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Effect of water absorption on pollen adhesion

Lin, Haisheng, Lizarraga, Leonardo, Bottomley, Lawrence A., Carson Meredith, J.
Journal of colloid and interface science 2015 v.442 pp. 133-139
Helianthus annuus, adhesion, asthma, coatings, humidity, hydrophilicity, hydrophobicity, hypersensitivity, liquids, models, plant reproduction, pollen, silicon, viscosity, water uptake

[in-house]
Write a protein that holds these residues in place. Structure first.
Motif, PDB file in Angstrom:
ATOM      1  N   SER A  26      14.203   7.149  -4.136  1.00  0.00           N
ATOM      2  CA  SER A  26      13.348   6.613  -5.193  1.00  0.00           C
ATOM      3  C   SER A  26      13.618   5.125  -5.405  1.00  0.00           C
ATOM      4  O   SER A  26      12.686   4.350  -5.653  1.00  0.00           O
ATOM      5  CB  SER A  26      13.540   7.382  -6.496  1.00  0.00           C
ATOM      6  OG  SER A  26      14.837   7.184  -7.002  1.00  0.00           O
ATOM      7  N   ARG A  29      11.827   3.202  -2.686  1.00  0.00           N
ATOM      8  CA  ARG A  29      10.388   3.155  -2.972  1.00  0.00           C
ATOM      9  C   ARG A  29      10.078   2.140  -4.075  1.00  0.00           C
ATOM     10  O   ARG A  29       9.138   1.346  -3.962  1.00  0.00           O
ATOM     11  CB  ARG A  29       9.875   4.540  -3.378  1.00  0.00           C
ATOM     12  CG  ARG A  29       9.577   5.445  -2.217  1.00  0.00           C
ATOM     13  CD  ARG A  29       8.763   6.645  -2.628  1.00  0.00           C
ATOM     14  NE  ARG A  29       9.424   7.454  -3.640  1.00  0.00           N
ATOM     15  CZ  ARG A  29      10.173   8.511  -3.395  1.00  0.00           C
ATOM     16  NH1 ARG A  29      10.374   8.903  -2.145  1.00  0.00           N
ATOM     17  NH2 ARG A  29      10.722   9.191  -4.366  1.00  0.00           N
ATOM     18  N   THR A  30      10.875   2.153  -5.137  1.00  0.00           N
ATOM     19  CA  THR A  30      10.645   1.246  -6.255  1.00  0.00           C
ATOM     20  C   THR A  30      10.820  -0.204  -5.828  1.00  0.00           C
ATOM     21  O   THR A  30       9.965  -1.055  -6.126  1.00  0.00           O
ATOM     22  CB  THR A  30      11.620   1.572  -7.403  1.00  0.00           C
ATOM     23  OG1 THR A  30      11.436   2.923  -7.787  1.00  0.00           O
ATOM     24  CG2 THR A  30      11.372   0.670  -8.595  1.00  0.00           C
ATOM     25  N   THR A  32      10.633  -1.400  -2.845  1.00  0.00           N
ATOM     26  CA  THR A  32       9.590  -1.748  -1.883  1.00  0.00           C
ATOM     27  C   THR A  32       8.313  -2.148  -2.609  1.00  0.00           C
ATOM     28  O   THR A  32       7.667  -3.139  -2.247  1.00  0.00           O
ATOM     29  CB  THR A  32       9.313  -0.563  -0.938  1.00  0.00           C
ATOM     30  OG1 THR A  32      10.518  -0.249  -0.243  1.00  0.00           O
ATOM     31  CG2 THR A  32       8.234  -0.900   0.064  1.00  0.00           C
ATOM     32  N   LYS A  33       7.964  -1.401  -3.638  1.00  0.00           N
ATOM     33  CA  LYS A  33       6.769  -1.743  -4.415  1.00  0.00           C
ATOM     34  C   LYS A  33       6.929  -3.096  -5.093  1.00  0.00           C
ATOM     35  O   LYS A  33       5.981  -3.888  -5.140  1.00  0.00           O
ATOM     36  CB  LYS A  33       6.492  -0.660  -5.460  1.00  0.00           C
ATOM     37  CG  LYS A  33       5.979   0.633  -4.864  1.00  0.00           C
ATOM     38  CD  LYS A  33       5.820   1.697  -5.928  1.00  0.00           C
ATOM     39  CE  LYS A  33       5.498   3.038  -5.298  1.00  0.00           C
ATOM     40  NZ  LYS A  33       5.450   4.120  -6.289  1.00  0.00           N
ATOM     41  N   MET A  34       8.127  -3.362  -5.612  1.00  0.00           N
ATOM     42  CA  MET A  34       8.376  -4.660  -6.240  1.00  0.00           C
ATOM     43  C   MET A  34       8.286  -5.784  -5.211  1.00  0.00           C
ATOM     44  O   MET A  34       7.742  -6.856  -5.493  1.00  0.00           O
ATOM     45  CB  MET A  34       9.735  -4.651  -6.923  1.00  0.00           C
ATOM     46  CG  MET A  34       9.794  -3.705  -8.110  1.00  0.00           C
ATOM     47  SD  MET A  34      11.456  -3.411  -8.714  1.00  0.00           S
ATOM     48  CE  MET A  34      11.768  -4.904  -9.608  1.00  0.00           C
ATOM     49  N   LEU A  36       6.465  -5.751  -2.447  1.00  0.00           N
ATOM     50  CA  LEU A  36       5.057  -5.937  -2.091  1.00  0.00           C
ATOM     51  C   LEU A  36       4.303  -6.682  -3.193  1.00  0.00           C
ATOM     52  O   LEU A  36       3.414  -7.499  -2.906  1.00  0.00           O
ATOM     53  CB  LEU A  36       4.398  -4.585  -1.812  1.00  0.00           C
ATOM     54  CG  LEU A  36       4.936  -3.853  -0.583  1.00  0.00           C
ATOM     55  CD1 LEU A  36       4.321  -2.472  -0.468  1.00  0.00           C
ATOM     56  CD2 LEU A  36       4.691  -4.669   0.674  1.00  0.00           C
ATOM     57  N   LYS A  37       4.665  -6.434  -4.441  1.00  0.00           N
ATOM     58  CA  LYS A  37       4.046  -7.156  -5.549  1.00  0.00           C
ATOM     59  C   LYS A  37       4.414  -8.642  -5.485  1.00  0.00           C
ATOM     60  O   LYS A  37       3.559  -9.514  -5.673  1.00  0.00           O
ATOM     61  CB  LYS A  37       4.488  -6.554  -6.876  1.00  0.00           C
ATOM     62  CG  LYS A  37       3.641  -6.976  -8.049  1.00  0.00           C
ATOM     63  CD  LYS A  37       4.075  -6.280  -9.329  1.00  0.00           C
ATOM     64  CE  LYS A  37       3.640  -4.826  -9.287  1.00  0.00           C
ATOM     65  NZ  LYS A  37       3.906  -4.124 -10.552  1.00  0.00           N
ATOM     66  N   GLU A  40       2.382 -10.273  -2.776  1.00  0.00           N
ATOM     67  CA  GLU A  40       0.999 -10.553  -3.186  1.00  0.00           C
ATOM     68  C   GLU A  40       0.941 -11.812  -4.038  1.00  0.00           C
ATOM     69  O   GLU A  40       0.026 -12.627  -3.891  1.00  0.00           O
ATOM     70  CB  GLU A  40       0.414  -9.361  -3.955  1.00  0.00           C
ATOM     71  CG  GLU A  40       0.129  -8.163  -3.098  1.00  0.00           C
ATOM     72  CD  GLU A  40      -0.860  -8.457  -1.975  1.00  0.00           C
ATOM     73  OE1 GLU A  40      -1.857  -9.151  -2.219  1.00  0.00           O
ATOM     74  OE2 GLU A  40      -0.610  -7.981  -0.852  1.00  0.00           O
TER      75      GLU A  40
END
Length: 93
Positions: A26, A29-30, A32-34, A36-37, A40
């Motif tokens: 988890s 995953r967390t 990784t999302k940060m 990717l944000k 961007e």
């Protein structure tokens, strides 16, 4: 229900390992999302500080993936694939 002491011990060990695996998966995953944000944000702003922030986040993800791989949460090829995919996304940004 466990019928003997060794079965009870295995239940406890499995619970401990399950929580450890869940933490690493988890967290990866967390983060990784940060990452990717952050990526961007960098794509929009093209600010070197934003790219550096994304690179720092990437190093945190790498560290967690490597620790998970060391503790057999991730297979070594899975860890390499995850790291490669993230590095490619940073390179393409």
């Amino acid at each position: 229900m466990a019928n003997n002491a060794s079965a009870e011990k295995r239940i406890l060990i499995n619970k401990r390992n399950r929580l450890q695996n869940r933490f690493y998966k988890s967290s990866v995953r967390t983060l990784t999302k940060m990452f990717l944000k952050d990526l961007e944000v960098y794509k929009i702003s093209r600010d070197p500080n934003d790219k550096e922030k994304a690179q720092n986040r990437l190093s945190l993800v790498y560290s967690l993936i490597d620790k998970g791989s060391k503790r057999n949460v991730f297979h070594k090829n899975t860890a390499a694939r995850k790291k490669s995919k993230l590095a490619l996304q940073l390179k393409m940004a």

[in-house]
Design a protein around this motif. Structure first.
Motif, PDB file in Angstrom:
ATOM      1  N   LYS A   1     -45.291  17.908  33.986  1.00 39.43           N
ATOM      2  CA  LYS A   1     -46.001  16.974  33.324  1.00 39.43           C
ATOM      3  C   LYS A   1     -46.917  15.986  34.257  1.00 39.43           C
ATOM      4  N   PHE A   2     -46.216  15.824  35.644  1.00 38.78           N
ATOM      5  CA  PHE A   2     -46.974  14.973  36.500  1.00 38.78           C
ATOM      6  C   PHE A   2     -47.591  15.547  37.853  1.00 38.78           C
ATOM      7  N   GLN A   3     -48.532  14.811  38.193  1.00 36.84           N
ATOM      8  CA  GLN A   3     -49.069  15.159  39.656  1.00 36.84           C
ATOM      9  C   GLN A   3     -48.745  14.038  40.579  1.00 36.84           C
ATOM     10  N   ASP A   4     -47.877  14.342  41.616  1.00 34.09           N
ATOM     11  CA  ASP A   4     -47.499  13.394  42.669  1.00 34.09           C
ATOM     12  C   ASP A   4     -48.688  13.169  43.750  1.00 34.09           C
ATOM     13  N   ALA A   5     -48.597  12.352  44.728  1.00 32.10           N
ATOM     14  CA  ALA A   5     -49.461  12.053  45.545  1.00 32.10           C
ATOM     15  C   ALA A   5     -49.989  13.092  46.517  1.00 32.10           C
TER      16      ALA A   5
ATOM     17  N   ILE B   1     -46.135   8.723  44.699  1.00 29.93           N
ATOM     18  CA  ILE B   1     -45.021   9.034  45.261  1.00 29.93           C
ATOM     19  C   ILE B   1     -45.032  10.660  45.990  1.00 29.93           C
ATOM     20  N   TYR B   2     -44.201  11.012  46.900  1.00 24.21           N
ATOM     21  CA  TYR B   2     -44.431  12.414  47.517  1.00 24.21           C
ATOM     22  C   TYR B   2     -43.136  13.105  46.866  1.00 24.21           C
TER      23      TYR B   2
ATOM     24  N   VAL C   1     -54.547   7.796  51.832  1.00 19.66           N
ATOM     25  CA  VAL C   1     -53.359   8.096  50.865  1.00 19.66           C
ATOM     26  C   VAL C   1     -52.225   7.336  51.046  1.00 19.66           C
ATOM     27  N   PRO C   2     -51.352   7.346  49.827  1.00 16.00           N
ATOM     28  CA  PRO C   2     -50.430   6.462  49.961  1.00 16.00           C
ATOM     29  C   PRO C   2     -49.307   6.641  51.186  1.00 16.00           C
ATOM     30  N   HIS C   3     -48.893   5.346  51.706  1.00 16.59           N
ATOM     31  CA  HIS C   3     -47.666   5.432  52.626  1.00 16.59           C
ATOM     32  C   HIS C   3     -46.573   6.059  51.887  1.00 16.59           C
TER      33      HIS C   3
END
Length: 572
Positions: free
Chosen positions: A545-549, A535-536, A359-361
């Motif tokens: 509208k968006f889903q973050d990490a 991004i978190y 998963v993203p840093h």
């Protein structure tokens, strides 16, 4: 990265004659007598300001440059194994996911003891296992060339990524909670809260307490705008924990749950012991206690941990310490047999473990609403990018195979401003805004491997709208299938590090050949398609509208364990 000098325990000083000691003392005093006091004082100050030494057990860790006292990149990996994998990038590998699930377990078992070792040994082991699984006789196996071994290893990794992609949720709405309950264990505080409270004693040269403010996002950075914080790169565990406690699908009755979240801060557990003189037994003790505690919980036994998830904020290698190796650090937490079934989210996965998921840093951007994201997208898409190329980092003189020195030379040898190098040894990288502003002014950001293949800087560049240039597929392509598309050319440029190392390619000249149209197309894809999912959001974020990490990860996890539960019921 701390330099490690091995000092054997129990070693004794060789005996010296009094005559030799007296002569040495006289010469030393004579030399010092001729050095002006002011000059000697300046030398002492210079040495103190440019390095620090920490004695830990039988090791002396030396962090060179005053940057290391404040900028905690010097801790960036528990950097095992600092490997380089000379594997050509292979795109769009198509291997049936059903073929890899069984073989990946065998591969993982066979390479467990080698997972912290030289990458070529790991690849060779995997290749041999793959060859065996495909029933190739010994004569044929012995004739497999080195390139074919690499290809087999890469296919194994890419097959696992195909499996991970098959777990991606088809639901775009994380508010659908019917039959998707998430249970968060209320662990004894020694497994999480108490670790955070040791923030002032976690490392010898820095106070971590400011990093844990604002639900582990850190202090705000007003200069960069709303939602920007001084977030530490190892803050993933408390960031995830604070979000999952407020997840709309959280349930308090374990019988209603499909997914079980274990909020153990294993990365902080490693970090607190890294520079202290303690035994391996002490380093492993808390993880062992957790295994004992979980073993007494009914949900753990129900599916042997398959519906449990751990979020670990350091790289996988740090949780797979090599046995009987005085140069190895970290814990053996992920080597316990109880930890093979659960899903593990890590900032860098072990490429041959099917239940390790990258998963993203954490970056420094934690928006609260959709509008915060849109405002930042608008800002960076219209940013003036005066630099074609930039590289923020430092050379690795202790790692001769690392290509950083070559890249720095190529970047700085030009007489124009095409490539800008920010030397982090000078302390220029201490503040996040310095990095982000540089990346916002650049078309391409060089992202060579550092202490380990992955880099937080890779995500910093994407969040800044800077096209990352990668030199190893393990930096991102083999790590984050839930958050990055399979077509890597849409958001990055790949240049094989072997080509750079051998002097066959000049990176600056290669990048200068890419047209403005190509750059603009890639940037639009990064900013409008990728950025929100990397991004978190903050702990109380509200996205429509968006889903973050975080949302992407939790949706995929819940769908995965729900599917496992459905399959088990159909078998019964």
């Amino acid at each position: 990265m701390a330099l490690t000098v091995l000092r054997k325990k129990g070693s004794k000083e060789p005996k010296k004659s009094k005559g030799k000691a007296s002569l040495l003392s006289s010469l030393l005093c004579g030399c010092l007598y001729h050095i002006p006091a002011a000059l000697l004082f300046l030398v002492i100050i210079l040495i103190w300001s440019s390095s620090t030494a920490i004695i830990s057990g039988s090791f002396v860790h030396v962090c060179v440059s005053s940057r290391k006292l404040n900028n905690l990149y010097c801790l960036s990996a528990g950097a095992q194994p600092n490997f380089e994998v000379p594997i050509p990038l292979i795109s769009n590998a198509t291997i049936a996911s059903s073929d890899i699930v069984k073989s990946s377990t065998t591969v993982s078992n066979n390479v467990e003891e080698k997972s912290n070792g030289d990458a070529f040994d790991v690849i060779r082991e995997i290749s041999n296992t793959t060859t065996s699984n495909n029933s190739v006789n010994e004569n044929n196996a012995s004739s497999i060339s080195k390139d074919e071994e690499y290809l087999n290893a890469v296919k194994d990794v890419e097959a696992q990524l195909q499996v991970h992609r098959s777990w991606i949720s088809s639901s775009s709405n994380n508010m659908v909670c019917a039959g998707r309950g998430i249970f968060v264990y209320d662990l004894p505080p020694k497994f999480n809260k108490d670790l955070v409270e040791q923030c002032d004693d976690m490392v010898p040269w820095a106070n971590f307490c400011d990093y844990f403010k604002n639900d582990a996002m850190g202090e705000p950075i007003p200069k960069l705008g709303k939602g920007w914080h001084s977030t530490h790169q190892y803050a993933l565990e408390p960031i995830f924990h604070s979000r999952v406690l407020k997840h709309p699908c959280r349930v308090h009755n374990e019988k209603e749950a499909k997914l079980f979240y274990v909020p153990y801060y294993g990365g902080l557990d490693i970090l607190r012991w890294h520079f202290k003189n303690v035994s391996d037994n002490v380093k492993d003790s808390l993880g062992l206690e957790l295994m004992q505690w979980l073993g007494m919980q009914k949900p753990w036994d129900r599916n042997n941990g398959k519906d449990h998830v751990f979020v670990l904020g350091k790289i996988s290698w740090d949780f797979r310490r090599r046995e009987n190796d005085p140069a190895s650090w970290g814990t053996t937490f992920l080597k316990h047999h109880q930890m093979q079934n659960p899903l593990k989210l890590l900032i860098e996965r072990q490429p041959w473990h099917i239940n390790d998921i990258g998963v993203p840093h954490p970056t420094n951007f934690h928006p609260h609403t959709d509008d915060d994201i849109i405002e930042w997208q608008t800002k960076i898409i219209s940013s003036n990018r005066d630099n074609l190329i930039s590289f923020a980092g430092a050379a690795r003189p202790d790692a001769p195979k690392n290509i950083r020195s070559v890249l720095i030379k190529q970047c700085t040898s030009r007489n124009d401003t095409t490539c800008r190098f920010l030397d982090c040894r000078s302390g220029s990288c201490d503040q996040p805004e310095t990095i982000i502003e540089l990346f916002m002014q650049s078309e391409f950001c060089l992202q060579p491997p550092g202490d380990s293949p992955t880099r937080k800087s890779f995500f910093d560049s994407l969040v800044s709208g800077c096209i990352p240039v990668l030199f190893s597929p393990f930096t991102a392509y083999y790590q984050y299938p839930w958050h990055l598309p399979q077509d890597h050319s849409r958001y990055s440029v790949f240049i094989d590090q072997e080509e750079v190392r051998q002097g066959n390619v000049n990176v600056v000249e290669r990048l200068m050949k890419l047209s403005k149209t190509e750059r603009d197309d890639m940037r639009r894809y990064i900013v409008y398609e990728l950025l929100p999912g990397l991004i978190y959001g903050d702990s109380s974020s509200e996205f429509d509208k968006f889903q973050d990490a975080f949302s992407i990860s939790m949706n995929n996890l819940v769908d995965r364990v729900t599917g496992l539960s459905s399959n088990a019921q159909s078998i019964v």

Pollens possess a thin liquid coating, pollenkitt, which plays a major role in adhesion by forming capillary menisci at interfaces. Unfortunately, the influence of humidity on pollenkitt properties and capillary adhesion is unknown. Because humidity varies widely in the environment, the answers have important implications for better understanding plant reproduction, allergy and asthma, and pollen as atmospheric condensation nuclei. Here, pollenkitt-mediated adhesion of sunflower pollen to hydrophilic and hydrophobic surfaces was measured as a function of humidity. The results quantify for the first time the significant water absorption of pollenkitt and the resulting complex dependence of adhesion on humidity. On hydrophilic Si, adhesion increased with increasing RH for pollens with or without pollenkitt, up to 200nN at 70% RH. In contrast, on hydrophobic PS, adhesion of pollenkitt-free pollen is independent of RH. Surprisingly, when pollenkitt was present adhesion forces on hydrophobic PS first increased with RH up to a maximum value at 35% RH (∼160nN), and then decreased with further increases in RH. Independent measurement of pollenkitt properties is used with models of capillary adhesion to show that humidity-dependent changes in pollenkitt wetting and viscosity are responsible for this complex adhesion behavior.